‘Most qualified class’ chooses state school for tuition, academics

Mirroring national trends, the newest Owls are the brightest yet, according to SATs and GPAs.

Mirroring national trends, the newest Owls are the brightest yet, according to SATs and GPAs.

Historically, the best universities attract the best and brightest students.

Rebecca Van Benthem takes a break from studying at Paley Library. As a freshman, she shoulders the weight of expectation that accompanies the “smartest class.”

But, in the depths of the nation’s recession, colleges are not unaffected by the tightening of purse strings. State-affiliated schools tend to see an increase in the applicant pool when the economy turns sour, allowing them to be more selective.

Temple’s 2009 freshman class, set to graduate in 2013, holds the distinction of being the “most qualified class” in the university’s history, according to a report issued by the Office of News Communications.

With the high school GPA and SAT scores of Temple freshmen steadily increasing in recent years, the university’s growing academic stature cannot be disregarded as a possible factor in the class’ record-high averages of an 1109-point SAT score and a 3.4 GPA.

Recent recruitment success can also be attributed to the broader national trends.

In 2009, the U.S. saw the highest number of college-bound high school graduates on record, which was reflected in the high number of applications received by the university’s Office of Undergraduate Admissions.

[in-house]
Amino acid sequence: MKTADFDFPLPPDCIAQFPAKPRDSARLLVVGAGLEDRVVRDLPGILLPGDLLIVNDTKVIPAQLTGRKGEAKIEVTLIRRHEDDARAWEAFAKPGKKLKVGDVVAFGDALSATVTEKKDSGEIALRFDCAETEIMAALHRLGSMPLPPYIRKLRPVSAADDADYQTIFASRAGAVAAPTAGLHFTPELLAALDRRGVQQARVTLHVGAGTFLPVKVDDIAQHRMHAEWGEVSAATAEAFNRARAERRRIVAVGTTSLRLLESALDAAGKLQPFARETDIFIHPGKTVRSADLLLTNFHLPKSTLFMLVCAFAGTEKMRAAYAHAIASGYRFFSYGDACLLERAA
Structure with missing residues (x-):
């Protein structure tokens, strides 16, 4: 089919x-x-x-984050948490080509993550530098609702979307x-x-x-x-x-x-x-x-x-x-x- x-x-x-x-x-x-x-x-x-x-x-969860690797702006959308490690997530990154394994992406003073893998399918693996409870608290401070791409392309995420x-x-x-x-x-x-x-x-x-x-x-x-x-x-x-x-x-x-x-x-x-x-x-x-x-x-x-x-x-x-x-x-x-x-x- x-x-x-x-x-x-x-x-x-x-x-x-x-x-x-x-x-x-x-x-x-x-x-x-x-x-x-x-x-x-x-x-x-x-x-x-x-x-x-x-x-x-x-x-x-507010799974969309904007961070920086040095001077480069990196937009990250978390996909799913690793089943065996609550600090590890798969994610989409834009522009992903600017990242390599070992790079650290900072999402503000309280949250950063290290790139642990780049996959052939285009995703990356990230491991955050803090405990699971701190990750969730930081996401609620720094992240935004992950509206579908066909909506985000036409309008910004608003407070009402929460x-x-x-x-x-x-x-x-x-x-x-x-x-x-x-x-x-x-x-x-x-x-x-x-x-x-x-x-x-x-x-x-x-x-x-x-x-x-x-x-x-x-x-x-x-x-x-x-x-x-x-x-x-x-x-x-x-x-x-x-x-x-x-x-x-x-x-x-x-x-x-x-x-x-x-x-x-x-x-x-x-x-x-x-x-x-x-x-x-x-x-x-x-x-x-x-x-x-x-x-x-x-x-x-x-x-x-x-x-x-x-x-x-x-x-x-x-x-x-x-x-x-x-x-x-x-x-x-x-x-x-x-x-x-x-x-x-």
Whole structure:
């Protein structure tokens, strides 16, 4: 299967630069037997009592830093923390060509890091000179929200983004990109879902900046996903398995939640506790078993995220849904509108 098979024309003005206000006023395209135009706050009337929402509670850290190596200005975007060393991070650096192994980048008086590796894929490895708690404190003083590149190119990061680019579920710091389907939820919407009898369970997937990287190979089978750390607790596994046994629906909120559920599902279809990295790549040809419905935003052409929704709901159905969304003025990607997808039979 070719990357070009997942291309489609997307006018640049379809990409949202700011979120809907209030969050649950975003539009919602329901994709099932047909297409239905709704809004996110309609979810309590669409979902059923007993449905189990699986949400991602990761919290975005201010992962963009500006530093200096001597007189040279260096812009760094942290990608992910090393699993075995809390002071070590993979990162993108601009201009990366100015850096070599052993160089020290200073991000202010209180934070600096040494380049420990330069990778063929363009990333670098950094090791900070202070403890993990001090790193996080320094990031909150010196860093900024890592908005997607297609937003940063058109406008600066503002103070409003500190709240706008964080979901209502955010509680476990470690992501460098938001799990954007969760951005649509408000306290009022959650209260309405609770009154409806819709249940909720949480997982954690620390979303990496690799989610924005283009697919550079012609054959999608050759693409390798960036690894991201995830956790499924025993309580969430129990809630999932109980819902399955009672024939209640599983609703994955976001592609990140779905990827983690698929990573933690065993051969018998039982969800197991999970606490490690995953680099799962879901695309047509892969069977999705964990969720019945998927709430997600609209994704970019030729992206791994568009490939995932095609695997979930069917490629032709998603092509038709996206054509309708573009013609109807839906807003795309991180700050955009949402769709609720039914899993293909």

Similarly, Penn State saw a 3 percent increase in applications last spring.

Despite last month’s fears of funding cuts, Temple’s relatively low price and generous financial aid offer appealing relief from the price tags of its smaller, private counterparts.

That appealing relief attracted freshman social work major Rebecca Van Benthem.

“Price was definitely a factor,” she said of her decision to attend Temple. “Almost all of my tuition is paid by financial aid.”

Van Benthem is certainly not alone. Cost has become the driving factor in deciding where to matriculate, according to research conducted by the National Center for Public Policy and Higher Education.

Private institutions, though, have not fared as well.

In a study released just before the Spring 2009 application period, 2/3 of private colleges were “very concerned” about decreasing enrollment, according to the National Association of Independent Colleges and Universities. Typically located in more suburban or rural areas, they lack Temple’s advantage of attracting commuter students.

Donald Hoegg can be reached at donald.hoegg@temple.edu.

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